Alan Stivell | Artist
Alan Cochevelou aka Alan Stivell born 1944 is a Breton and Celtic musician and singer, recording artist,, born 1944 in Riom Auvergne, France. From the early 1970s, Stivell has revived global interest in the Celtic harp and Celtic music by synthesising traditional celtic music with rock, folk and world music styles. As master of the Celtic harp, bagpiper and bombard player, Stivell modernized traditional Breton music and singing in the Breton language. A precursor of Celtic Rock, he is inspired by the union of the Celtic cultures and is a keeper of the Breton culture. When Alan was a child, his father Jord Cochevelou, hand built a Celtic harp, which is an ancient instrument, less than half the size of the modern harp. Alan began playing the instrument at the age of nine under the tutelage of his father and Denise Megevand, a concert harpist. Alan also learned Celtic mythology, art, and history, as well as the Breton language, traditional dance, the Scottish bagpipe and the bombarde (ancient oboe). Alan began playing concerts at the age of eleven and studied traditional Breton, English, Irish, Scottish, and Welsh folk music, also learning the drum, Irish flute, and tin whistle. He competed in, and won, several Breton traditional music competitions in the Bleimor Pipe band. Alan spent his childhood in Paris, with its cosmopolitan influences but often returned to Brittany. Stivell began experimenting with modernized styles of music that became known as Celtic Rock. In 1966, he began to perform and record as a singer and the following year was signed by Phillips records. In 1968, after two years of touring Alan joined the Moody Blues onstage to perform in London's Queen Elizabeth Hall. In 1970, Stivell released his first hits, the single "Broceliande" and the album Reflets, both on Phillips. He became closely associated with the burgeoning Breton roots revival, especially after the release of the superb purely instrumental 1971 album Renaissance of the Celtic Harp, which won one of the most famous awards in France, the prize of the Académie Charles Cros. This was followed in 1973 by excellent electric rock-influenced album Chemins de Terre, which featured guitarist Dan ar Bras. Over his long and illustrious career Stivell has to-date released 25 studio albums. Standouts include the previously mentioned Reflets (1970), Renaissance of the Celtic Harp (1971) and Chemins de Terre (1973), plus E Langonned (1974), Journée à la maison (1978), Emerald (2009) and AMzer: Seasons (2015). Also highly recommended are the live albums À l'Olympia (1972) and E Dulenn - à Dublin - National Stadium (1975). Alan Stivell is a French national treasure and, to quote music critic Bruce Elder, "his music captures the mystery and strangeness of Breton, Irish, Welsh, and Scottish landscapes that are both ageless and timeless. It is haunting, mysterious, and beautiful, with no equivalent in modern popular music and few peers in the realm of commercial folk music."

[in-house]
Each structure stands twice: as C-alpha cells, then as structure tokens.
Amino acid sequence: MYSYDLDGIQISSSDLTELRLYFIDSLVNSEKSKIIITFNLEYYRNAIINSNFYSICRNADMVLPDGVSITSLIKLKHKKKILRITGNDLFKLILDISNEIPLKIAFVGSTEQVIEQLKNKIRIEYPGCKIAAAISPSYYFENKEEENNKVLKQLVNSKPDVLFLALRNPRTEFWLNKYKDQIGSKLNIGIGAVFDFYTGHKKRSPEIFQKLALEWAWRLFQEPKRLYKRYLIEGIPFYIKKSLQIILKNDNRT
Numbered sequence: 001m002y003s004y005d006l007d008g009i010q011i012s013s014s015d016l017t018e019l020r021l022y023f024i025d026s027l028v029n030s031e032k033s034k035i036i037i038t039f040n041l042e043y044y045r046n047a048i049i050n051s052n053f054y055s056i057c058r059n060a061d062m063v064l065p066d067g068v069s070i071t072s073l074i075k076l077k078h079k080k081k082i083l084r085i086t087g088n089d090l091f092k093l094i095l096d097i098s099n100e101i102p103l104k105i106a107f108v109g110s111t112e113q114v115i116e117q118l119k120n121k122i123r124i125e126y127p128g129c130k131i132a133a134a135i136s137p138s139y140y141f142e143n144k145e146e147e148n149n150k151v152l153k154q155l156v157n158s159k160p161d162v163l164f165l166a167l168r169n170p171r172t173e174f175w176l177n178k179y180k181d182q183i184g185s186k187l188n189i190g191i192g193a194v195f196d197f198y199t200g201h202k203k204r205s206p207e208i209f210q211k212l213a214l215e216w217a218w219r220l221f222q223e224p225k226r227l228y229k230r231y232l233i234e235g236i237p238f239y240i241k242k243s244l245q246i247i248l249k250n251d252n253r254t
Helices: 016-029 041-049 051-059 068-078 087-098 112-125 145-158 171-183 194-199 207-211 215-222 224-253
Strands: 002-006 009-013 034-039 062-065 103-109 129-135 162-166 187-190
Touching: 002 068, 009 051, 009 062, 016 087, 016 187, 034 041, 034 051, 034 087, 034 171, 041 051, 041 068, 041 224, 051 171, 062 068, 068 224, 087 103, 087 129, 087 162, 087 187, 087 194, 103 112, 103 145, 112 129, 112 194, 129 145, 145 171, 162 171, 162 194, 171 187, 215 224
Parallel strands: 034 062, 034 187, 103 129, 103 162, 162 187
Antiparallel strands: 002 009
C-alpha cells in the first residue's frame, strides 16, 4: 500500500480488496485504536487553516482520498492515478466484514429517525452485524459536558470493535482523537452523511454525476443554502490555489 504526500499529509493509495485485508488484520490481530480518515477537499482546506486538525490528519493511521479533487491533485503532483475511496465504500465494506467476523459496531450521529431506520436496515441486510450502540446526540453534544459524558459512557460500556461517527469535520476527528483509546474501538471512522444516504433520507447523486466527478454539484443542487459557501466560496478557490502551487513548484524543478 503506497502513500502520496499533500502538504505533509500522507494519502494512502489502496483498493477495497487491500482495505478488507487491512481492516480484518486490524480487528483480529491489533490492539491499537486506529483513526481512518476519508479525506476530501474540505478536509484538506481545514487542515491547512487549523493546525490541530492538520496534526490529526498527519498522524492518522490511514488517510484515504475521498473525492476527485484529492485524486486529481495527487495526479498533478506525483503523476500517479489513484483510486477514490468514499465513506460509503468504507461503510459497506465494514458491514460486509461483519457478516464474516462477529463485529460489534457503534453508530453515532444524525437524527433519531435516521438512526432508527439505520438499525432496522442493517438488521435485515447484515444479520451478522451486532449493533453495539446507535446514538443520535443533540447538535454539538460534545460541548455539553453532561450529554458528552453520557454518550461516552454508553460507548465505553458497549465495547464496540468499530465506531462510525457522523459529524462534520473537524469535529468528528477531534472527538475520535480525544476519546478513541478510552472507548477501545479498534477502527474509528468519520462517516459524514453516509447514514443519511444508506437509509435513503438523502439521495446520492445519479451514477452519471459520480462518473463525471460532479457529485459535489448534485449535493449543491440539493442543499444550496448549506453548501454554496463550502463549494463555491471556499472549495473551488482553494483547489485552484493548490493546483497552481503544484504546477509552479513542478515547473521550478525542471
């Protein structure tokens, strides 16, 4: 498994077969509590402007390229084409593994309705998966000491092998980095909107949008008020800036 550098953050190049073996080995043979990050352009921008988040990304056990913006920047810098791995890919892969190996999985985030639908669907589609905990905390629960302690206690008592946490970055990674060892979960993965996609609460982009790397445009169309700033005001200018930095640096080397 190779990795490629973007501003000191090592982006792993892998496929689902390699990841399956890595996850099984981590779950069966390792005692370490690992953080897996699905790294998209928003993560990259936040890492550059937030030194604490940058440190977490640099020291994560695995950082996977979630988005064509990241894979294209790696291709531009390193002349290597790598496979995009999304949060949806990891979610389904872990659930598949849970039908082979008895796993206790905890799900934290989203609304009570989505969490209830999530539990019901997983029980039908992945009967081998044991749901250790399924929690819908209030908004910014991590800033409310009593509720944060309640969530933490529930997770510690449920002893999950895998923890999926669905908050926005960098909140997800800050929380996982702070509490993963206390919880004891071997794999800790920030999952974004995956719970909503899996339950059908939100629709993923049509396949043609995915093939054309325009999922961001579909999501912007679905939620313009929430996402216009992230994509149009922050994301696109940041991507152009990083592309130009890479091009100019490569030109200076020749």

Artist Website: alanstivell.bzh/language/en/
Featured Albums: Alan Stivell